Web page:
Rather than focusing on technological performance, Volvo Cars’ autonomous driving research project is focusing on people.
Recently at the Detroit Motor Show, Volvo introduced the Hain family of Gothenburg, Sweden, who will be the first people to take part in the Drive Me project. It is through feedback from people like the Hains that Volvo will base its Drive Me analysis.
“The aim of the Drive Me research project is to focus on how to enhance people's lives and have a positive impact on society. We take a holistic rather than a purely technical approach to our research and development processes. No one else to our knowledge is developing autonomous drive from a human-centric standpoint,” said Henrik Green, Senior Vice President, Research and Development at Volvo Car Group.
Volvo’s distinctive approach for development of the future of the automobile industry comes from the same approach it has always held in the past.
“We do things differently at Volvo Cars – we always have,” said Volvo Car Group President & CEO Håkan Samuelsson. “Our main focus has always been on people and making their lives easier. Technology should improve the consumer experience making mobility safer, sustainable and more convenient.”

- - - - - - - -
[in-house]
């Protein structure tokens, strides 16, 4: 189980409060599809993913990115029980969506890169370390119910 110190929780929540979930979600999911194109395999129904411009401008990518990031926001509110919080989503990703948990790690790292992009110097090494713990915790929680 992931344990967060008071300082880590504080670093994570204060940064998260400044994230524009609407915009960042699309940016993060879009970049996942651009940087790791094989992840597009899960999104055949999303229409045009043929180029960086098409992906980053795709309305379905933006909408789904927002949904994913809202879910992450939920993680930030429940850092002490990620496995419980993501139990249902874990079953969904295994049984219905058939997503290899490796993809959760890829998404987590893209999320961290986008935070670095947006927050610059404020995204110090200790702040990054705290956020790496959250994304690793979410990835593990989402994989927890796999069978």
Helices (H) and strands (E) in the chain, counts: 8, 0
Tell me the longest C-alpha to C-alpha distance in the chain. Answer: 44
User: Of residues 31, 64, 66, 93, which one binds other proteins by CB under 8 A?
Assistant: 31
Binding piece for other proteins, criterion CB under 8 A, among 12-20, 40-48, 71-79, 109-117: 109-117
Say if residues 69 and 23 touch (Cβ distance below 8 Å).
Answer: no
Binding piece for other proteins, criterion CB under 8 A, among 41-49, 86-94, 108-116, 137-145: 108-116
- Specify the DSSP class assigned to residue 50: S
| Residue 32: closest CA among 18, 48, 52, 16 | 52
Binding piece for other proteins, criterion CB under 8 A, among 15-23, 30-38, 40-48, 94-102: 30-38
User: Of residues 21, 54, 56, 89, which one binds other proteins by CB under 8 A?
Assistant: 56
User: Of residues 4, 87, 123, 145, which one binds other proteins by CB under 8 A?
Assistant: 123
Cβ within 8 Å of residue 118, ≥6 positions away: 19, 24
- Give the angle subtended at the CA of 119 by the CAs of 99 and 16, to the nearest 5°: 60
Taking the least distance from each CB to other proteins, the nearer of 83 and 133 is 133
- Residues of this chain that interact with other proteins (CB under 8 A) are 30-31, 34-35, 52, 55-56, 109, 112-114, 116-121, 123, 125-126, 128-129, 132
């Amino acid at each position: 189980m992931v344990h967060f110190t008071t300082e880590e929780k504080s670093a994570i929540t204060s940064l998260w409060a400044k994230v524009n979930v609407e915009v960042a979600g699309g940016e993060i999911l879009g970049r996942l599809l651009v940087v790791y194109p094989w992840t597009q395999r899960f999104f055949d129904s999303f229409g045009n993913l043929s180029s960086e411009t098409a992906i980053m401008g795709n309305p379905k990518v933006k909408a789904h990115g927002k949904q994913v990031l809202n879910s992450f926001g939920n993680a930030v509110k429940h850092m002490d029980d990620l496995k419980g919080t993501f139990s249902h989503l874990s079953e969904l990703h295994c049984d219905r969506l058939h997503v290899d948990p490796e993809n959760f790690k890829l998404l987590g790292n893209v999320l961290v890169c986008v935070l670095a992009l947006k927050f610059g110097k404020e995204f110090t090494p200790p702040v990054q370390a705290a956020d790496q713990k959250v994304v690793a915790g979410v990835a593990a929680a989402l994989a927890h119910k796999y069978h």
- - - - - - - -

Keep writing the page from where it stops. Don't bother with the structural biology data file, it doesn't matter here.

The Drive Me project consists of several players from public, private and academic fields collaborating for one of the most extensive and advanced autonomous driving research programs in existence. This year, up to 100 autonomous cars will hit the streets around Gothenburg, home of Volvo, with people like the Hains at the helm, maneuvering through real traffic.
“We want to learn more around how people feel when they engage and disengage autonomous drive, what the handover should be like, and what sort of things they would do in the car when it’s driving them to their destination,” Green added.
Volvo Cars, a leading partner in the Drive Me research project, aims to have its first fully autonomous car on the market by 2021.This article is presented by Kundert Volvo in Hasbrouck Heights and Englewood, NJ.